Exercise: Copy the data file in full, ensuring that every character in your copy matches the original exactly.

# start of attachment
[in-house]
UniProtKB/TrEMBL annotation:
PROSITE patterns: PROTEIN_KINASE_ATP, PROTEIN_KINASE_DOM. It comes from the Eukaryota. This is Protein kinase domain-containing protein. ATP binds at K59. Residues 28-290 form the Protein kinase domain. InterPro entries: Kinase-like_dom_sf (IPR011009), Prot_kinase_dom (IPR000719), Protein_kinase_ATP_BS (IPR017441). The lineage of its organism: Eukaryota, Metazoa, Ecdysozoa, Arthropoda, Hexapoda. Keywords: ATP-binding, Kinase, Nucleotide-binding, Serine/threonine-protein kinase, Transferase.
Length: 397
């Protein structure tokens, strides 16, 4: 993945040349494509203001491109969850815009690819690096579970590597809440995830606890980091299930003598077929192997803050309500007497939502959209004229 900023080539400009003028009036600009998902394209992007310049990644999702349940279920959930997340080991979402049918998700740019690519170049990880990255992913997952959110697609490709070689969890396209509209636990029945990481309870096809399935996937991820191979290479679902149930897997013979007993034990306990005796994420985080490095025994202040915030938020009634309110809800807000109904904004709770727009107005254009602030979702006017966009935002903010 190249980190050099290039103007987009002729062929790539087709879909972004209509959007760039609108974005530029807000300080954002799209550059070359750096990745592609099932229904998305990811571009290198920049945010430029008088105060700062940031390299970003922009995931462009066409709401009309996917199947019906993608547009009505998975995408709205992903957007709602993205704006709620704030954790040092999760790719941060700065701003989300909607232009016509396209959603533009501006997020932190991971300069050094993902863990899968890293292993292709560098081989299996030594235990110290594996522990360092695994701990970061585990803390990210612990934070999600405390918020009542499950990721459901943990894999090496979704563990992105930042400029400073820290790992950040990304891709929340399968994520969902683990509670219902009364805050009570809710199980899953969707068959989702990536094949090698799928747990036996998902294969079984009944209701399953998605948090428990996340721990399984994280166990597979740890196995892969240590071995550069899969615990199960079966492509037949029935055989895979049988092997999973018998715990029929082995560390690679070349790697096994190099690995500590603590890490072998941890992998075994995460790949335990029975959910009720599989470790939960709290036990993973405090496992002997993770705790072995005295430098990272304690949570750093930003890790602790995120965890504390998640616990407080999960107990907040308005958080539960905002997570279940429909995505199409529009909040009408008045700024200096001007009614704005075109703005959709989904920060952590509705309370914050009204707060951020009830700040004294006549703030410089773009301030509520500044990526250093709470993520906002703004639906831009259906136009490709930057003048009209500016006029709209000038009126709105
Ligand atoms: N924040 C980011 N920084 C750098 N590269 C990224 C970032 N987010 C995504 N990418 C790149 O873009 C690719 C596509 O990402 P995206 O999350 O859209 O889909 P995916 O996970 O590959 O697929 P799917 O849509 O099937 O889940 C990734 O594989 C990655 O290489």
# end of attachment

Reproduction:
[in-house]
UniProtKB/TrEMBL annotation:
PROSITE patterns: PROTEIN_KINASE_ATP, PROTEIN_KINASE_DOM. It comes from the Eukaryota. This is Protein kinase domain-containing protein. ATP binds at K59. Residues 28-290 form the Protein kinase domain. InterPro entries: Kinase-like_dom_sf (IPR011009), Prot_kinase_dom (IPR000719), Protein_kinase_ATP_BS (IPR017441). The lineage of its organism: Eukaryota, Metazoa, Ecdysozoa, Arthropoda, Hexapoda. Keywords: ATP-binding, Kinase, Nucleotide-binding, Serine/threonine-protein kinase, Transferase.
Length: 397
């Protein structure tokens, strides 16, 4: 993945040349494509203001491109969850815009690819690096579970590597809440995830606890980091299930003598077929192997803050309500007497939502959209004229 900023080539400009003028009036600009998902394209992007310049990644999702349940279920959930997340080991979402049918998700740019690519170049990880990255992913997952959110697609490709070689969890396209509209636990029945990481309870096809399935996937991820191979290479679902149930897997013979007993034990306990005796994420985080490095025994202040915030938020009634309110809800807000109904904004709770727009107005254009602030979702006017966009935002903010 190249980190050099290039103007987009002729062929790539087709879909972004209509959007760039609108974005530029807000300080954002799209550059070359750096990745592609099932229904998305990811571009290198920049945010430029008088105060700062940031390299970003922009995931462009066409709401009309996917199947019906993608547009009505998975995408709205992903957007709602993205704006709620704030954790040092999760790719941060700065701003989300909607232009016509396209959603533009501006997020932190991971300069050094993902863990899968890293292993292709560098081989299996030594235990110290594996522990360092695994701990970061585990803390990210612990934070999600405390918020009542499950990721459901943990894999090496979704563990992105930042400029400073820290790992950040990304891709929340399968994520969902683990509670219902009364805050009570809710199980899953969707068959989702990536094949090698799928747990036996998902294969079984009944209701399953998605948090428990996340721990399984994280166990597979740890196995892969240590071995550069899969615990199960079966492509037949029935055989895979049988092997999973018998715990029929082995560390690679070349790697096994190099690995500590603590890490072998941890992998075994995460790949335990029975959910009720599989470790939960709290036990993973405090496992002997993770705790072995005295430098990272304690949570750093930003890790602790995120965890504390998640616990407080999960107990907040308005958080539960905002997570279940429909995505199409529009909040009408008045700024200096001007009614704005075109703005959709989904920060952590509705309370914050009204707060951020009830700040004294006549703030410089773009301030509520500044990526250093709470993520906002703004639906831009259906136009490709930057003048009209500016006029709209000038009126709105
Ligand atoms: N924040 C980011 N920084 C750098 N590269 C990224 C970032 N987010 C995504 N990418 C790149 O873009 C690719 C596509 O990402 P995206 O999350 O859209 O889909 P995916 O996970 O590959 O697929 P799917 O849509 O099937 O889940 C990734 O594989 C990655 O290489």